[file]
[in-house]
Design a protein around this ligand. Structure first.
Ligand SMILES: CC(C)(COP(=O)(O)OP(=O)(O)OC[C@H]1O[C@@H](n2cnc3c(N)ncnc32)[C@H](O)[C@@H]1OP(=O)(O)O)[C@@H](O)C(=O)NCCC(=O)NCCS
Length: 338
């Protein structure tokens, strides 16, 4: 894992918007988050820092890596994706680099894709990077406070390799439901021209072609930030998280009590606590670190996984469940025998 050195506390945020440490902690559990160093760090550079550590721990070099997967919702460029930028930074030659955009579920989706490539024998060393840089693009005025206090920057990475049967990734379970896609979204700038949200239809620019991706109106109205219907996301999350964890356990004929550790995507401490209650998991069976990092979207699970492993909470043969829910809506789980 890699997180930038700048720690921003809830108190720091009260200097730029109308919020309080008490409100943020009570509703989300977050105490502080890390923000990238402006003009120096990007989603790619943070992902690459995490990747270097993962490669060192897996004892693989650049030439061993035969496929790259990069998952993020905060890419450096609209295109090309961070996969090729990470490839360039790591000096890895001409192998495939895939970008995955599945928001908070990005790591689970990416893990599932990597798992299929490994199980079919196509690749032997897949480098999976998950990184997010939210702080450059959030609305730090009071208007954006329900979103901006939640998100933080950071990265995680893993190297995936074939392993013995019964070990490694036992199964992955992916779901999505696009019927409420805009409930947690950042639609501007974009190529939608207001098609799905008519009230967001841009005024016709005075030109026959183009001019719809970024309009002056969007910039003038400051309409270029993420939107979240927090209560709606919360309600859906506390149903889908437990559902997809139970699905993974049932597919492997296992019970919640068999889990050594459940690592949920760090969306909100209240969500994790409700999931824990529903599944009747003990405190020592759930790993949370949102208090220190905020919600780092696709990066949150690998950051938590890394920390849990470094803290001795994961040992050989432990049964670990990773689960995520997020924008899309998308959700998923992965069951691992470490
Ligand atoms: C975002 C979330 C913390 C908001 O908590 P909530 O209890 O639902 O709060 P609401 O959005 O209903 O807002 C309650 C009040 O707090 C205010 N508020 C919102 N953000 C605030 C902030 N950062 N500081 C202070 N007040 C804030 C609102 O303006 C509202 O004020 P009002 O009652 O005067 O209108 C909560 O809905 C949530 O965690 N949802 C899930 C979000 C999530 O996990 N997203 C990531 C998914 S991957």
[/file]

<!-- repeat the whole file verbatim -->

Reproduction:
[in-house]
Design a protein around this ligand. Structure first.
Ligand SMILES: CC(C)(COP(=O)(O)OP(=O)(O)OC[C@H]1O[C@@H](n2cnc3c(N)ncnc32)[C@H](O)[C@@H]1OP(=O)(O)O)[C@@H](O)C(=O)NCCC(=O)NCCS
Length: 338
């Protein structure tokens, strides 16, 4: 894992918007988050820092890596994706680099894709990077406070390799439901021209072609930030998280009590606590670190996984469940025998 050195506390945020440490902690559990160093760090550079550590721990070099997967919702460029930028930074030659955009579920989706490539024998060393840089693009005025206090920057990475049967990734379970896609979204700038949200239809620019991706109106109205219907996301999350964890356990004929550790995507401490209650998991069976990092979207699970492993909470043969829910809506789980 890699997180930038700048720690921003809830108190720091009260200097730029109308919020309080008490409100943020009570509703989300977050105490502080890390923000990238402006003009120096990007989603790619943070992902690459995490990747270097993962490669060192897996004892693989650049030439061993035969496929790259990069998952993020905060890419450096609209295109090309961070996969090729990470490839360039790591000096890895001409192998495939895939970008995955599945928001908070990005790591689970990416893990599932990597798992299929490994199980079919196509690749032997897949480098999976998950990184997010939210702080450059959030609305730090009071208007954006329900979103901006939640998100933080950071990265995680893993190297995936074939392993013995019964070990490694036992199964992955992916779901999505696009019927409420805009409930947690950042639609501007974009190529939608207001098609799905008519009230967001841009005024016709005075030109026959183009001019719809970024309009002056969007910039003038400051309409270029993420939107979240927090209560709606919360309600859906506390149903889908437990559902997809139970699905993974049932597919492997296992019970919640068999889990050594459940690592949920760090969306909100209240969500994790409700999931824990529903599944009747003990405190020592759930790993949370949102208090220190905020919600780092696709990066949150690998950051938590890394920390849990470094803290001795994961040992050989432990049964670990990773689960995520997020924008899309998308959700998923992965069951691992470490
Ligand atoms: C975002 C979330 C913390 C908001 O908590 P909530 O209890 O639902 O709060 P609401 O959005 O209903 O807002 C309650 C009040 O707090 C205010 N508020 C919102 N953000 C605030 C902030 N950062 N500081 C202070 N007040 C804030 C609102 O303006 C509202 O004020 P009002 O009652 O005067 O209108 C909560 O809905 C949530 O965690 N949802 C899930 C979000 C999530 O996990 N997203 C990531 C998914 S991957």